Wednesday, October 23, 2019

Portland Adventures, Pt. 3: Waterfront Sunrise

One of the things I enjoyed most about my stay in Portland for the 2019 UCDA Design Conference was being able to get a good morning run in along the waterfront. Unencumbered by stoplights, the waterfront provided gorgeous views and the ability to run continuously for over an hour. Thank you Portland! One morning, I actually ran with the camera so that I could capture the sunrise and the silhouette of the city.

While the majority of the waterfront run was on flat territory, there were enough dips, turns, bridges, and stairs (if you chose to use them) to keep things interesting.

And the moon was still shining; yes, it was an early morning run!

The Maritime Museum is located on this little boat; unfortunately according to signage it was closed due to maintenance and lack of volunteers.

In the distance you can see Mount Hood:

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Tuesday, October 22, 2019

Temple Tuesday: Evoking A Ghost

In the 1940 Shirley Temple movie, “Young People,” Darryl Zanuck wanted to bring back the ghost of little Shirley by inserting clips from her earlier movies. Jack Oakie and Charlotte Greenwood play Joe and Kit Ballantine, two vaudevillians who end up adopting little Wendy (Shirley), a tot left to them by very dear friends who had recently gone to that great stage up in the sky.

Once Wendy is old enough, she joins the act, beginning with this hula number.

For the long shot, a double was used quite convincingly. Sadly, I could not find out who played little Shirley. IMDB has just about every unbilled extra listed save for this one.

When the camera cuts in closer, the audience is treated to a clip of Shirley from the 1935 movie “Curly Top.” The production team did a very nice job of making the new footage blend seamlessly with the old.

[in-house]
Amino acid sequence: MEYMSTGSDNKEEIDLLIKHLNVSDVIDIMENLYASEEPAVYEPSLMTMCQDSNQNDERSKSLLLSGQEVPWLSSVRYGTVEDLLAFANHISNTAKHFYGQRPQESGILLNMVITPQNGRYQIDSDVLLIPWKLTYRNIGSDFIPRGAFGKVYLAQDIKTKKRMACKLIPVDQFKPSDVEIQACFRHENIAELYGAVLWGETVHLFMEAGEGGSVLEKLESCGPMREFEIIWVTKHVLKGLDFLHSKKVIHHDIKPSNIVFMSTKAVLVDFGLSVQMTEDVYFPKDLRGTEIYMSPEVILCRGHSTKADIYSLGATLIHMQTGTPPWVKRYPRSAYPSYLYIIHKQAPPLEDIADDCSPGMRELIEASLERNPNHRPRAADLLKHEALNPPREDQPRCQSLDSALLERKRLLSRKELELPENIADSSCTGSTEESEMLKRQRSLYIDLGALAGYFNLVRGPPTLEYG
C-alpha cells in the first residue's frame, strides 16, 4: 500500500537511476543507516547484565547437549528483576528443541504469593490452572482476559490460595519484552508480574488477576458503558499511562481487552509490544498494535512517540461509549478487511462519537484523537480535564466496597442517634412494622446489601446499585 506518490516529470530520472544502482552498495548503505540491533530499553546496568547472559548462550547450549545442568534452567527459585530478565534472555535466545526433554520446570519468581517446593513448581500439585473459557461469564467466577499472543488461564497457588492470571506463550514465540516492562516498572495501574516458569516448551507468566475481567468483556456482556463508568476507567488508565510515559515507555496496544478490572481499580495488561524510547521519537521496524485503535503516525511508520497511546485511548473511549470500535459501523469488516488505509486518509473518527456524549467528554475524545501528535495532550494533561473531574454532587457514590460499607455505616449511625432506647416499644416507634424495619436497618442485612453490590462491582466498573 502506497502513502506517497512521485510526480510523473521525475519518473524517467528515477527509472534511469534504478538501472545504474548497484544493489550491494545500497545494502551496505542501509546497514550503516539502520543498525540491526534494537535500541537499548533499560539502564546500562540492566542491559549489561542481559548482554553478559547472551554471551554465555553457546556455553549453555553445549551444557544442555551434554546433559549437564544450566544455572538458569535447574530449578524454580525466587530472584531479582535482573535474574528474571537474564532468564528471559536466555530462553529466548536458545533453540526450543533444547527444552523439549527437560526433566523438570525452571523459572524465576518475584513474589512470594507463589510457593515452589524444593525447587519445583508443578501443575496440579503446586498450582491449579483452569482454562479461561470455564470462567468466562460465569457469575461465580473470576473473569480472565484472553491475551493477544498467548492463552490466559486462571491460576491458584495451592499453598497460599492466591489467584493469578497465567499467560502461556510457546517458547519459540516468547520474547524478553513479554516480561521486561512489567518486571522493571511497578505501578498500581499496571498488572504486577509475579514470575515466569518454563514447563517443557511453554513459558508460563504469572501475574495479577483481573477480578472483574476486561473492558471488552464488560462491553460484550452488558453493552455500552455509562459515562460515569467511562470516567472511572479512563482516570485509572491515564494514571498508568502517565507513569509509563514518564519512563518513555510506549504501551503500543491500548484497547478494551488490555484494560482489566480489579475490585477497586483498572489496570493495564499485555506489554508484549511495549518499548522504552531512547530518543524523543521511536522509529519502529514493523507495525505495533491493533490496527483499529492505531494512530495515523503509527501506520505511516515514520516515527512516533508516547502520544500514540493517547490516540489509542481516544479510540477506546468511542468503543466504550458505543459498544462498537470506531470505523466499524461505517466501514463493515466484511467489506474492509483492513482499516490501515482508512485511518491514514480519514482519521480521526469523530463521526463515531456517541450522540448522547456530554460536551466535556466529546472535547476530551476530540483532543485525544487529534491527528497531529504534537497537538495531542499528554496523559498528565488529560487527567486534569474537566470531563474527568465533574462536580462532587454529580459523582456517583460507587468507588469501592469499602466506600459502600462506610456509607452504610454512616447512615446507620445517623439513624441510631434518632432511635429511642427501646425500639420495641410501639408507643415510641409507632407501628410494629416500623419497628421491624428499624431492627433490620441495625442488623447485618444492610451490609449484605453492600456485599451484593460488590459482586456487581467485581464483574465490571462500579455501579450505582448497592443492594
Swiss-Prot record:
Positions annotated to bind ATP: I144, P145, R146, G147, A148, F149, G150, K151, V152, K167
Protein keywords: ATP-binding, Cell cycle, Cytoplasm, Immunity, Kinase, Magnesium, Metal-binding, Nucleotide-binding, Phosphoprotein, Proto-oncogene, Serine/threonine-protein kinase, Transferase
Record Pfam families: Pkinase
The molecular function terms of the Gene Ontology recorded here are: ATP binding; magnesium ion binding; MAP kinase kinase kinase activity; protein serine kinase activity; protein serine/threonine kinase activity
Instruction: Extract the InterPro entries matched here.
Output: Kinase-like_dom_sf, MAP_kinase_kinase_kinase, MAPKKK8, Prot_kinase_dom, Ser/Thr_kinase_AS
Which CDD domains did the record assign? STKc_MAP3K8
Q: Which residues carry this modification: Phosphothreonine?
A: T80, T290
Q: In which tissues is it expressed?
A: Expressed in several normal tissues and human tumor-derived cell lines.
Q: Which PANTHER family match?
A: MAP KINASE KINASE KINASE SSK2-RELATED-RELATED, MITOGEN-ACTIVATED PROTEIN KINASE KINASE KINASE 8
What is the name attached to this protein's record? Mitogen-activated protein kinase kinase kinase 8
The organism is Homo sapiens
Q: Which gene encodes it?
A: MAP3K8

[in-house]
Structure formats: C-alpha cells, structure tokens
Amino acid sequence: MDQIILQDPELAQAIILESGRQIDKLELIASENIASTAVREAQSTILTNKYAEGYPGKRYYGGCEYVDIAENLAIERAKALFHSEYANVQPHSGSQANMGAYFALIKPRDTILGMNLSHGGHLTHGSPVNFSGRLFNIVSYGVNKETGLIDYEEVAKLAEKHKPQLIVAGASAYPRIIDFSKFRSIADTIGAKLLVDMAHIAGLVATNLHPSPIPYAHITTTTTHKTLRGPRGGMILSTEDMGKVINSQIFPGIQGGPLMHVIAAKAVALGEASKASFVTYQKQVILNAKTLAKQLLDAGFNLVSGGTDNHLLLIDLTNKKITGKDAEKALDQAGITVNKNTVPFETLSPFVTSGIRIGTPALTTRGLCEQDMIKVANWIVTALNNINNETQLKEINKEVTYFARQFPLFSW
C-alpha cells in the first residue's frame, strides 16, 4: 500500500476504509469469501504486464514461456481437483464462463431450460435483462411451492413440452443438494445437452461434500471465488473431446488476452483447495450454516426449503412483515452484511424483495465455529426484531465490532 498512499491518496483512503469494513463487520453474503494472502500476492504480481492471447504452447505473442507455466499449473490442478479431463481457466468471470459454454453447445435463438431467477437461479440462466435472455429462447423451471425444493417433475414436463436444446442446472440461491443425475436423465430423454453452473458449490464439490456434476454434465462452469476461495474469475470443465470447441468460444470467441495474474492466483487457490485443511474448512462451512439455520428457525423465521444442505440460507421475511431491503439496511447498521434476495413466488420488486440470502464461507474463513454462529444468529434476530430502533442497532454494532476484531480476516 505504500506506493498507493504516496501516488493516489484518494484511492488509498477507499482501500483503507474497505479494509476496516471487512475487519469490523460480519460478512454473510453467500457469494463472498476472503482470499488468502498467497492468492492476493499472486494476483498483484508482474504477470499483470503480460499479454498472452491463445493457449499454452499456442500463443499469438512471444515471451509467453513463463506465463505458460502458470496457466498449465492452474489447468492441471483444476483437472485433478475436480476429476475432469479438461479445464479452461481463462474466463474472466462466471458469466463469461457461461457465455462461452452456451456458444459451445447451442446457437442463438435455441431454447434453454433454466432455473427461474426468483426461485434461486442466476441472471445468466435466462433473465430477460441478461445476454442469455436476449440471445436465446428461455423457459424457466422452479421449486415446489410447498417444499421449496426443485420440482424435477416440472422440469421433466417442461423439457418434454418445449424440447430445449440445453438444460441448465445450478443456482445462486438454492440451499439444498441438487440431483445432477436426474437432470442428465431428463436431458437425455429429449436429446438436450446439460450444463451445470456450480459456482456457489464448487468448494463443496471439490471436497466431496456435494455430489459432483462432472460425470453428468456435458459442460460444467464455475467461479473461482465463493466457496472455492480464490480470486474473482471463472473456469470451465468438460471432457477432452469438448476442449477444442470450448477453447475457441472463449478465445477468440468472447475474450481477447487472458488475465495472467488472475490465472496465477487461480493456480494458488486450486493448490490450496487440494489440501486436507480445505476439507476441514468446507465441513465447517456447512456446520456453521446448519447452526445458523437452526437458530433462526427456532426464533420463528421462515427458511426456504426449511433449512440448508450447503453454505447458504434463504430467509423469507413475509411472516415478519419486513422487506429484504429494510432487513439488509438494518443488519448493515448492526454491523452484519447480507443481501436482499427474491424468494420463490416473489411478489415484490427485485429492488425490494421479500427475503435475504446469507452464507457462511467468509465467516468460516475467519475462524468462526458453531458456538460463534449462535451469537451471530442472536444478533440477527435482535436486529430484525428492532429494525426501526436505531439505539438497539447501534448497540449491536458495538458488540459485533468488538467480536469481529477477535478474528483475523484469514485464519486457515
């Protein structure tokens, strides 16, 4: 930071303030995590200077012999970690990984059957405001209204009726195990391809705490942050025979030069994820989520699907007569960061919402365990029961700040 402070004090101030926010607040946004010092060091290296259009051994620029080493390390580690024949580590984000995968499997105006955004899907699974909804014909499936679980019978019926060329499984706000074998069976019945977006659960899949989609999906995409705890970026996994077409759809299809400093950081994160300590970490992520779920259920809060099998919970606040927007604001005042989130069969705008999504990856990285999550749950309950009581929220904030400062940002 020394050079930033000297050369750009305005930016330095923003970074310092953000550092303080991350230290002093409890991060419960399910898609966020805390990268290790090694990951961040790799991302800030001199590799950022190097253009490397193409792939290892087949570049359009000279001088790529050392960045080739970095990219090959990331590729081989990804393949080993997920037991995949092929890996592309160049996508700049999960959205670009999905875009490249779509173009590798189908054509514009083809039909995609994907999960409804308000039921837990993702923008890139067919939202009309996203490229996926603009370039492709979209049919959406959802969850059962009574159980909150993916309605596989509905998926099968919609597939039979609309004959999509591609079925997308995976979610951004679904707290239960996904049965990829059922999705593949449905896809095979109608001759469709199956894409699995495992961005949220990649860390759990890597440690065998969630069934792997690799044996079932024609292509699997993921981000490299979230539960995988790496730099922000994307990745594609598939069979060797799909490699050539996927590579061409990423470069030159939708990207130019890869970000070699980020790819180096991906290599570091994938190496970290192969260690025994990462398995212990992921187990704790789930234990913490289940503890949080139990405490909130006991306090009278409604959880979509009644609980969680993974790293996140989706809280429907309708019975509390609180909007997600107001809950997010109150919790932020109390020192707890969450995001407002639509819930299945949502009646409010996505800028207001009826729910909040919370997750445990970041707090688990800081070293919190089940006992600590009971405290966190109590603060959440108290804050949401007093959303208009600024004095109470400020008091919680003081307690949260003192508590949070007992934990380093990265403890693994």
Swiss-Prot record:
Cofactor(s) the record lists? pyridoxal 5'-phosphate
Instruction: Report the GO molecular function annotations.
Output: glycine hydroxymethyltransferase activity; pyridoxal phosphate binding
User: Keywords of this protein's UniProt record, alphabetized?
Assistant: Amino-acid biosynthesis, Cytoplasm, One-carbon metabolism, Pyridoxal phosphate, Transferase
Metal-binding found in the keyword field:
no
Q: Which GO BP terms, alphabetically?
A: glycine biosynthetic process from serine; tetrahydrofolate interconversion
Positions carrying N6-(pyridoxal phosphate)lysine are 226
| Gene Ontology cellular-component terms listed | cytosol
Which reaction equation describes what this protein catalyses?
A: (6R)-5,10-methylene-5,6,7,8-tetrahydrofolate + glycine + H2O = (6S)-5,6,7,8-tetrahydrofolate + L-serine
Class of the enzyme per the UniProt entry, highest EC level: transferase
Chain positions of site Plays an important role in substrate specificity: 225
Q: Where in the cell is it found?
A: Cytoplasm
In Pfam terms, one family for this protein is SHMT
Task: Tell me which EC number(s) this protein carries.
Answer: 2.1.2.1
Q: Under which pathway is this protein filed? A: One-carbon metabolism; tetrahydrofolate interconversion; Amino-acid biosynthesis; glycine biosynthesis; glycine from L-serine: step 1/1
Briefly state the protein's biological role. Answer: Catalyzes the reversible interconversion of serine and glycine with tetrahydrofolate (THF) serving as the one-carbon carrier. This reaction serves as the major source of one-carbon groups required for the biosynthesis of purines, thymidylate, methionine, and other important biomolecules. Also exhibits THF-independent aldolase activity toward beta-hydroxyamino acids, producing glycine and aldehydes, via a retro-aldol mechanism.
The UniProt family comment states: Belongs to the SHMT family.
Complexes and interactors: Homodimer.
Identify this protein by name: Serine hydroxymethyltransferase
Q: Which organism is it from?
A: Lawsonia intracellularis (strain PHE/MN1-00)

Not so much with the next number.

The Ballantines satirize Shirley’s hit “Baby Take A Bow” by singing how much they can’t stand each other. Their number is mildly comical...and I’m being kind here.

Note the dancing ladies that are part of the curtain:

Kit dances off the stage and Shirley’s double enters stage right:

The closeup takes us back to 1934 Shirley, when she first wowed audiences in “Stand Up And Cheer”:

Back to the dancing ladies on the curtain...this was Fox’s way of attempting to simulate the real dancing girls that were part of the background in the original scene. Even as a little kid, I wasn’t fooled by this cheap shenanigan!

For the next number which brings us up to present day (circa 1940), Shirley is all grown up!

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Monday, October 21, 2019

Monday on the Viewliner

The Viewliner may have been small in size, but it was a mighty huge step towards having a transportation system at Disneyland that would be sleek and futuristic. Operating only from June 26, 1957 to September 15, 1958, the Viewliner inspired the Monorail, which still operates today. This March 1958 image shows it near the Tomorrowland station, with the Yacht Bar in the background.

This previously posted image from September 1958 shows the Viewliner in approximately the same area, but from a different vantage point: overhead from a Skyway bucket.


…and Back:

Just for comparison sake, here are guests and the conductor standing next to the Viewliner, circa 1957:

…and a contemporary shot of a cast member next to the Monorail:

See more vintage Disneyland Viewliner photos at my main website.

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